In another bizarre twist to a story with no shortage of them, Mr. Tieleman went to work one day in December only to discover his office had been ransacked. Bookcases had been tipped over and papers strewn, but nothing was missing. To top it off, a press kit for the self-published novel The Raid, written by a retired military officer in Metchosin and featuring on its cover a photograph from the 2003 police raid, had been left in a conspicuous place.

That startled someone not given to conspiracy theories.

Another casualty of the never-ending case has been Mr. Tieleman's other blog in which he posts as the Wine Barbarian, an oenophile (which I believe is ancient Greek for wino) who helps discover “good, quaffable wine at reasonable prices.” The blog's philosophy can be summed up in a single paragraph in one of the only two entries he has had time to post: “Enough talk – let's have a drink!” That could serve as a motto for those die-hards following the strange case.

2008 CTVglobemedia Publishing Inc. All Rights Reserved.

Thursday, February 21, 2008

Librarians at the gates

By Tom Hawthorn
Special to The Globe and Mail
February 21, 2008


Every morning, a queue forms at the main entrance of the downtown branch of the Victoria Public Library. A half-dozen men, their clothes reflecting the thinness of their wallets but not the fullness of their intellects, await the opening of doors behind which can be found a cornucopia of knowledge.

The men race upstairs, where they will spend hours perusing the latest newspapers and magazines.

Yesterday, those doors stayed firmly closed.

Library workers have been locked out. So, too, have been those for whom the library is a home away from home.

The other morning, a dozen library workers could be found patrolling the entrance to the central branch on Broughton Street. They wore hoodies and knit caps, gloves and mittens, puffy fleece vests and bulky winter coats. They have been forced to hit the bricks when they would prefer to be shelving books.

This is no ordinary labour dispute. Jenny Griffin, a 39-year-old circulation clerk, spent the weekend researching pithy quotes. Where else will you find picket signs decorated with statements from the likes of Gandhi, Nelson Mandela, Susan B. Anthony, Jane Goodall and Robert Reich? The lone labour leader cited was Cesar Chavez, who organized itinerant farm workers, many of them illiterate.

Among those on picket duty was Peter Thompson, 58, for whom the morning chill was a reminder of his previous working life as a fisherman. Once, he trolled for salmon. Nowadays, he fishes for answers to the questions posed by patrons who find him at the reference desk just inside the locked doors.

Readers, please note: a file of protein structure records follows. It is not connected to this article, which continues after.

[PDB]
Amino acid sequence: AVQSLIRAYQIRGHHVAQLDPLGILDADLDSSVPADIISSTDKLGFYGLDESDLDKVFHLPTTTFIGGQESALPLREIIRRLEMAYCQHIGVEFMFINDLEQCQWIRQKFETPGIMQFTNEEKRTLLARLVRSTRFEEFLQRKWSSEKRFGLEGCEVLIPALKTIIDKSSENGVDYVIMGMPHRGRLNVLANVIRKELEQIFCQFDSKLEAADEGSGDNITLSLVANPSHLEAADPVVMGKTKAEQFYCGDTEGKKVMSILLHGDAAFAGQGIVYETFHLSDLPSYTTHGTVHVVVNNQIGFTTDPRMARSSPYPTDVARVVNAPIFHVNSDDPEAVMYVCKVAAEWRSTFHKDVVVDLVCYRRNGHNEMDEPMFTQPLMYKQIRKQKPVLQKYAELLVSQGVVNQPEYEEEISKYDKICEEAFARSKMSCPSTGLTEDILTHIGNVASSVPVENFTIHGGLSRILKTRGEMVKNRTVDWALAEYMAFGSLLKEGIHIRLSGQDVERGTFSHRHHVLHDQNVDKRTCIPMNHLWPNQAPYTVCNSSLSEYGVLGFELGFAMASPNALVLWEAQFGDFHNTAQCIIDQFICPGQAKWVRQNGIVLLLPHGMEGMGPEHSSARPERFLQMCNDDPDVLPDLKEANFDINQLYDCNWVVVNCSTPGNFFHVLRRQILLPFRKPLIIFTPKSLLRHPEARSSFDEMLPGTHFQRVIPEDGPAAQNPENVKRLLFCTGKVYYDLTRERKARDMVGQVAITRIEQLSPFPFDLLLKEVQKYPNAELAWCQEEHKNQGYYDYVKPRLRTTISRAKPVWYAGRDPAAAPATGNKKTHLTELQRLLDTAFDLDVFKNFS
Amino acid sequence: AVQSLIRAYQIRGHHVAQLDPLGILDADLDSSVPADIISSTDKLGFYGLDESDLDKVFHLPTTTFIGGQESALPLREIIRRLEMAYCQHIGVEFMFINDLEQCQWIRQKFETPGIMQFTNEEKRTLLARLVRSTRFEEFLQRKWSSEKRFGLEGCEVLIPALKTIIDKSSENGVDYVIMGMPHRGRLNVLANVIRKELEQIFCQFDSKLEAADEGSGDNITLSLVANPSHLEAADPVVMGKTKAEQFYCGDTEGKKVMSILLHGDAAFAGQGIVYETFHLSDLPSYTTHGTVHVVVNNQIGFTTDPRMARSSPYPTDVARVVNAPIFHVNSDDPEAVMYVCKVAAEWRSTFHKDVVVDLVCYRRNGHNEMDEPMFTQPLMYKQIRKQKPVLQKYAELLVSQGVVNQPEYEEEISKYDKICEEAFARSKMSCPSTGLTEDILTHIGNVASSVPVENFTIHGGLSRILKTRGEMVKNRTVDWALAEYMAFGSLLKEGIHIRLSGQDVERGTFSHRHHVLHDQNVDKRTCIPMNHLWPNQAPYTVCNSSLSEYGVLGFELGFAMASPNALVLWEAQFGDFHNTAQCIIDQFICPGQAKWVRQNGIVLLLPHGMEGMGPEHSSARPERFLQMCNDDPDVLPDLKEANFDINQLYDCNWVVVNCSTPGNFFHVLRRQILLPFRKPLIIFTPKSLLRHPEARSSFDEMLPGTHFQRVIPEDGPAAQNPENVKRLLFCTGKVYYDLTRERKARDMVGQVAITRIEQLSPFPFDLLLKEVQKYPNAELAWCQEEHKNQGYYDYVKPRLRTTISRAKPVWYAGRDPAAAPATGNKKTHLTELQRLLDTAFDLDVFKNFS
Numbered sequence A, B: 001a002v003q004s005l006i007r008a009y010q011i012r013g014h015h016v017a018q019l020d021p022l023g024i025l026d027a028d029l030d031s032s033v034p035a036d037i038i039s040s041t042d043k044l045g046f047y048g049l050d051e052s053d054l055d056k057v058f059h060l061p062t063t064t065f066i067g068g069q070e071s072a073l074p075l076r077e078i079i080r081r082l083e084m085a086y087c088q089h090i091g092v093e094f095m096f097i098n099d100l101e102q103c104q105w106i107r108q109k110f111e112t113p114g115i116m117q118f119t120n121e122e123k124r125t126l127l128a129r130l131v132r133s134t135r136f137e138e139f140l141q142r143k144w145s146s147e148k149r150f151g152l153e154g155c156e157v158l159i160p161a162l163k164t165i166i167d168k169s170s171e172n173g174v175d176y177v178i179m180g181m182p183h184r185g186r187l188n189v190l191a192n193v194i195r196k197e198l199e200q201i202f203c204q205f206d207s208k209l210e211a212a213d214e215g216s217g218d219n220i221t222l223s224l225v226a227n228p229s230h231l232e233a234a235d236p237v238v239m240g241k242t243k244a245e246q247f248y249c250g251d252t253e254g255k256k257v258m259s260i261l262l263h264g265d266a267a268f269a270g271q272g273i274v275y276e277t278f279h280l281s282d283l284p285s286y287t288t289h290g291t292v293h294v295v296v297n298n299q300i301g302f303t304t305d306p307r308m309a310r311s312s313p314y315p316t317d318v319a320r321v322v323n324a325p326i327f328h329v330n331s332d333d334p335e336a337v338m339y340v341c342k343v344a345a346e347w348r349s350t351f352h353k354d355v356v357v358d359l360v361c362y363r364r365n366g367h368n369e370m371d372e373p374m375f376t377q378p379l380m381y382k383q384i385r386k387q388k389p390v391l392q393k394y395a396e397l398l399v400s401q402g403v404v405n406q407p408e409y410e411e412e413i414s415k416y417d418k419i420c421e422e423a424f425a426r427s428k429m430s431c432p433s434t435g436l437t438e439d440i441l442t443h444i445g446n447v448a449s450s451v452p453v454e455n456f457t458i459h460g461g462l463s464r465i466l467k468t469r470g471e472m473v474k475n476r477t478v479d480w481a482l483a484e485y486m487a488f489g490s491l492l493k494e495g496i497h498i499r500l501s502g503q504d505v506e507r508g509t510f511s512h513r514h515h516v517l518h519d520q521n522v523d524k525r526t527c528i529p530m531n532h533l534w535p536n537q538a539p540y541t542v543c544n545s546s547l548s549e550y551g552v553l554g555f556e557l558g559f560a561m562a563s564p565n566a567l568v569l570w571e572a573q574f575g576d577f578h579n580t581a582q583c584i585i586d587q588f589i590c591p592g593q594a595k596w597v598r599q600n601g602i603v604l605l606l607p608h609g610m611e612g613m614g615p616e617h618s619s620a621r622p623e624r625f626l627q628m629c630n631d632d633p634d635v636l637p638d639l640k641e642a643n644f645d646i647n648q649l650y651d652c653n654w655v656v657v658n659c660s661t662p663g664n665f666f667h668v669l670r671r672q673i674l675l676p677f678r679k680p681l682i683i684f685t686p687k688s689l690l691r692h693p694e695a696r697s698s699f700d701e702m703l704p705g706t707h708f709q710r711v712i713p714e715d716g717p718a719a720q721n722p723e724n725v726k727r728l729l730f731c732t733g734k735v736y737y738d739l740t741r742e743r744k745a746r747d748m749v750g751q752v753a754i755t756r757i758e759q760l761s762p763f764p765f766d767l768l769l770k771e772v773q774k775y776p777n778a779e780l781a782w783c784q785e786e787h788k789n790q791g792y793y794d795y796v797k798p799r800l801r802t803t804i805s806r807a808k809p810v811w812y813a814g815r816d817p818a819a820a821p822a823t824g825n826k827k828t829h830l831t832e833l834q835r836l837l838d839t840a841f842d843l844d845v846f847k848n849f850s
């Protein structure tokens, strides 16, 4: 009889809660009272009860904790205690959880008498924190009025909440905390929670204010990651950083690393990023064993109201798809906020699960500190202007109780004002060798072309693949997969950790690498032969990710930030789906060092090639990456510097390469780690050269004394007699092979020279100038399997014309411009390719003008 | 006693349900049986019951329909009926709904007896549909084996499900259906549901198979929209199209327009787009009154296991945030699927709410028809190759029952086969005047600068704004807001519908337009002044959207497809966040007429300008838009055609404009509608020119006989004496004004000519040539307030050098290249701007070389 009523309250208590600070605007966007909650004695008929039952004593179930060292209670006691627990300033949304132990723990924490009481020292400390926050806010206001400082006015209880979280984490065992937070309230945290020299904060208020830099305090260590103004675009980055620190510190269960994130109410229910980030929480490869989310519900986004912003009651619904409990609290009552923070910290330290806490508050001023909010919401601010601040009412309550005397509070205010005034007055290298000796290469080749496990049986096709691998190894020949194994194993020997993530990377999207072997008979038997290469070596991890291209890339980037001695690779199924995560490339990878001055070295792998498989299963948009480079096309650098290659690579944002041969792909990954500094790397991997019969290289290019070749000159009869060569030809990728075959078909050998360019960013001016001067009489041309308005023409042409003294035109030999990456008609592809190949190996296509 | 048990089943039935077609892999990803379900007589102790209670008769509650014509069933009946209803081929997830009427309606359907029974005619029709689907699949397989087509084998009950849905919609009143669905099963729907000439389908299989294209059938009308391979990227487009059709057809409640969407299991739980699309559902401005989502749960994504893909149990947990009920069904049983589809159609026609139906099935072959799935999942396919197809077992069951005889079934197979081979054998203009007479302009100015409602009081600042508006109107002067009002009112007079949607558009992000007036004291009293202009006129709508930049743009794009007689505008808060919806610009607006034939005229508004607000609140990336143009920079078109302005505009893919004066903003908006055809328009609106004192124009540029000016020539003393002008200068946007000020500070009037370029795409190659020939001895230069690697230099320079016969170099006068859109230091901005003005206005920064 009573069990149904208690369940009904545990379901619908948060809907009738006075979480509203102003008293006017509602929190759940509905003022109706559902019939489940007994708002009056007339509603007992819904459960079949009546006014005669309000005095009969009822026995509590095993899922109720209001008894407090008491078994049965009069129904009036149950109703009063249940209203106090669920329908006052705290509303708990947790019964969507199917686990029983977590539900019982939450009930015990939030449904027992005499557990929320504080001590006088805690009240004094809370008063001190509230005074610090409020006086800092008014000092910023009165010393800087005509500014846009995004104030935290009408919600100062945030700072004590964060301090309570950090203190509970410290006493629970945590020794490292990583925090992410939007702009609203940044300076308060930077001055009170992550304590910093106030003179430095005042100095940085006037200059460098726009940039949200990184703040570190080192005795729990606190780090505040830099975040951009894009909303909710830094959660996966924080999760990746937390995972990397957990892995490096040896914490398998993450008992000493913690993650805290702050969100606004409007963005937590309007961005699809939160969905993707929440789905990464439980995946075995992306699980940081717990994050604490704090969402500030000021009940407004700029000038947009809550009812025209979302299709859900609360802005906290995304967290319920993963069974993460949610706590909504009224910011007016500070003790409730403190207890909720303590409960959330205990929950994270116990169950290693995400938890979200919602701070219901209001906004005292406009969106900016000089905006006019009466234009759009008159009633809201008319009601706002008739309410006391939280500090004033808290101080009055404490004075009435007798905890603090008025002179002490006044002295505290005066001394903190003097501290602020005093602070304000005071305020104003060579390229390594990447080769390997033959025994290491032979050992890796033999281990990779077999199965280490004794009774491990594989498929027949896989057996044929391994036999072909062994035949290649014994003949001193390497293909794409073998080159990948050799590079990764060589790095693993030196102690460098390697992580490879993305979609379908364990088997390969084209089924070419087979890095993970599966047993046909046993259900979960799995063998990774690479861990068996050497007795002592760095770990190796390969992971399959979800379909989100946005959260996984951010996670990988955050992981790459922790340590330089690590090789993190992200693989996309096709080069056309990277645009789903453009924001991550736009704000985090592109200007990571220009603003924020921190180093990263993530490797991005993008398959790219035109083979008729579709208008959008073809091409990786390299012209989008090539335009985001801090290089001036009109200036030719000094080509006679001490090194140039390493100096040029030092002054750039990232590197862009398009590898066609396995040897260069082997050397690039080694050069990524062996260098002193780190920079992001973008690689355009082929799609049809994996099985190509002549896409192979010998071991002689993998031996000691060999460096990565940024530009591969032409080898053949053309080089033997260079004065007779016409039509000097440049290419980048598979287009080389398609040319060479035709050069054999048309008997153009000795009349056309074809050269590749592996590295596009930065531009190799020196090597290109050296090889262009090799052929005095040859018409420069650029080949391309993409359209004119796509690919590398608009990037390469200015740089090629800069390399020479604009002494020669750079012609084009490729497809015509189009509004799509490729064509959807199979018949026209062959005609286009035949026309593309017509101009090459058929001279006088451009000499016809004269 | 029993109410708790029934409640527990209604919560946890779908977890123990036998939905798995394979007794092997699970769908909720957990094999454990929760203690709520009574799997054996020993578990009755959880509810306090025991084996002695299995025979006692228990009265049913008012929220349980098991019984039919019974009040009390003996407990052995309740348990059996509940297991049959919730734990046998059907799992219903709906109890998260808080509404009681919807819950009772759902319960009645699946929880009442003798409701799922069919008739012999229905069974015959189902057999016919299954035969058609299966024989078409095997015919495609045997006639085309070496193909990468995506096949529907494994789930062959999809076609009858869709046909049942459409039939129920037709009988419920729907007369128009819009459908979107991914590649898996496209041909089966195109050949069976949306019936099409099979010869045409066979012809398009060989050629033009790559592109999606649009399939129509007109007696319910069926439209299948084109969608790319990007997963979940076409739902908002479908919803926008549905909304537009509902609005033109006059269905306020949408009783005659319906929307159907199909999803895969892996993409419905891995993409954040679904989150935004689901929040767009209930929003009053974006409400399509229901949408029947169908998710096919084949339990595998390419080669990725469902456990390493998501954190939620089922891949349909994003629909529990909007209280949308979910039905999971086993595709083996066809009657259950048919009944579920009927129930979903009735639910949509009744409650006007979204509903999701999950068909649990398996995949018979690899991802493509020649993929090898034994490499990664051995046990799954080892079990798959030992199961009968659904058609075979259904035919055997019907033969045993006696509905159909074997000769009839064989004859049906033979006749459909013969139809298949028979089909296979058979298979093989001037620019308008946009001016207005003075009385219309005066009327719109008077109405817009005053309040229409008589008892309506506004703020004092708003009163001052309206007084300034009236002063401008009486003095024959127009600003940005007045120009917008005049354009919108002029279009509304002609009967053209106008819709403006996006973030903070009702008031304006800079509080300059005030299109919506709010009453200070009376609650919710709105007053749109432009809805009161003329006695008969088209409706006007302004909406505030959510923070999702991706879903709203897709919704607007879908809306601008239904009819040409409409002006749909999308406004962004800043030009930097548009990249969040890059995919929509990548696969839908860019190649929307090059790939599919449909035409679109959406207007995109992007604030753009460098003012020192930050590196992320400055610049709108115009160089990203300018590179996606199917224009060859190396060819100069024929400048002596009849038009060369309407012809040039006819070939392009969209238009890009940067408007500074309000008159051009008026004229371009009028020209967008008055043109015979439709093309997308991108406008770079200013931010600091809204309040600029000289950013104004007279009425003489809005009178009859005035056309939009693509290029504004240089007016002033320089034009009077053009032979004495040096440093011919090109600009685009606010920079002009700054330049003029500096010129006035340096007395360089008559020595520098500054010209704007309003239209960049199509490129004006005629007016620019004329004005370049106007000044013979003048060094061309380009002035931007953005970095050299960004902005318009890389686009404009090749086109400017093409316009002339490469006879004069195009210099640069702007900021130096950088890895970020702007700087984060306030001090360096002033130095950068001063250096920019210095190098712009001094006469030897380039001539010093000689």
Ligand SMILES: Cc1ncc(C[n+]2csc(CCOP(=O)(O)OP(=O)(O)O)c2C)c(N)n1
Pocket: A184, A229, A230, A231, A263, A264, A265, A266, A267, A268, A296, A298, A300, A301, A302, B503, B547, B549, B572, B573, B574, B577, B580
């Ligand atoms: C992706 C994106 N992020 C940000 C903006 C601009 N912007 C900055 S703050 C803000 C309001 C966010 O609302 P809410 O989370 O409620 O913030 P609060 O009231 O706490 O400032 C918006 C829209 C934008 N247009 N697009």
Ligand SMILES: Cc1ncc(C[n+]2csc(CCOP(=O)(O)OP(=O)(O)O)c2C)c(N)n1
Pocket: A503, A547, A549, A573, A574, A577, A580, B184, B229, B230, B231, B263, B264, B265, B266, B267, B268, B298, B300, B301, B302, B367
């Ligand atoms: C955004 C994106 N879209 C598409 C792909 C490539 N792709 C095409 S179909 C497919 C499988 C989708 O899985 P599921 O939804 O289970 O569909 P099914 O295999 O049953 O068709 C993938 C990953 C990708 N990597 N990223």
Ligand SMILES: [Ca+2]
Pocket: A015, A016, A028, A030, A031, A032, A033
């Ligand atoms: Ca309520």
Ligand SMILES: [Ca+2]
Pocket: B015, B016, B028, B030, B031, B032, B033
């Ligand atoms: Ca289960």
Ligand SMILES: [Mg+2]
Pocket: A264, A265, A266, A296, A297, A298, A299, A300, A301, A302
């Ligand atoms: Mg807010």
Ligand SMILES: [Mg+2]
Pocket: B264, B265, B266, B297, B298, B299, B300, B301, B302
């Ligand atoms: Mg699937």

"If you don't like working with people," he said, wiping a runny nose, "you won't like librarianship."

He thinks of his workplace as much more than mere stacks of books. As he puts it, "The library isn't a vending machine for factoids."

Patrons ask for information on diseases that they otherwise hide, on relationship troubles they otherwise keep secret, on curiosities they otherwise dare not reveal. A librarian hears the confessions of strangers.

Mr. Thompson wore several layers of clothing, rubber boots and wool mittens. He was joined by Alan Schroeder, his sidekick on the reference desk, and by Mary-Ann Connaghan, supervisor of the magazine and newspaper department. The trio have a combined 70 years of experience at the library, which is an indoor oasis for those patrons without a permanent address. On the second full day of a lockout with no predictable end, the workers spoke less about their own predicament than that of their patrons.

"What are the homeless going to do? This is their living room," Mr. Thompson said.

"What are the blind going to do? This is where they come to listen to books. What are the students going to do? This is where they come to study."

The library also delivers books to shut-ins.

"Often, it's the only social contact they get in a week," Ms. Connaghan said.

Reading programs for children have also been halted.

Patrons here will tell you the library isn't simply a book depository. For many, it is the place where they first surfed the Internet, or listened to a compact disc, or viewed a DVD. In suburban Saanich, teenaged patrons - and perhaps the occasional adult trusting of the staff's discretion - can borrow the latest video games.

The library workers are approaching their 14th month without a contract. Local 410 of the Canadian Union of Public Employees, representing nearly 300 library workers, counts 167 days since they launched strike actions in an attempt to restart negotiations.

The union is seeking pay equity for its workers, a majority of whom are women, who traditionally earn less.

An escalating series of job actions by the union - including the withdrawal of Internet services and a refusal to collect fines - led the library board to declare a lockout at 5:01 p.m. on Sunday.

Before the due date, patrons cleared library shelves, some leaving with as many as 60 titles.

"It looked like a closing-out sale," Mr. Schroeder said.

In announcing the lockout, the chairman of the library board said the move was necessary "to protect the assets of the library."

Go on down to the picket line at one of the nine branches and you can meet your neighbourhood library workers. What a fine bunch of assets they are.

"I've never been ashamed to say I'm a librarian," Mr. Thompson said.

That's a statement not many of us - and certainly no newspaper reporter - can make.

Special to The Globe and Mail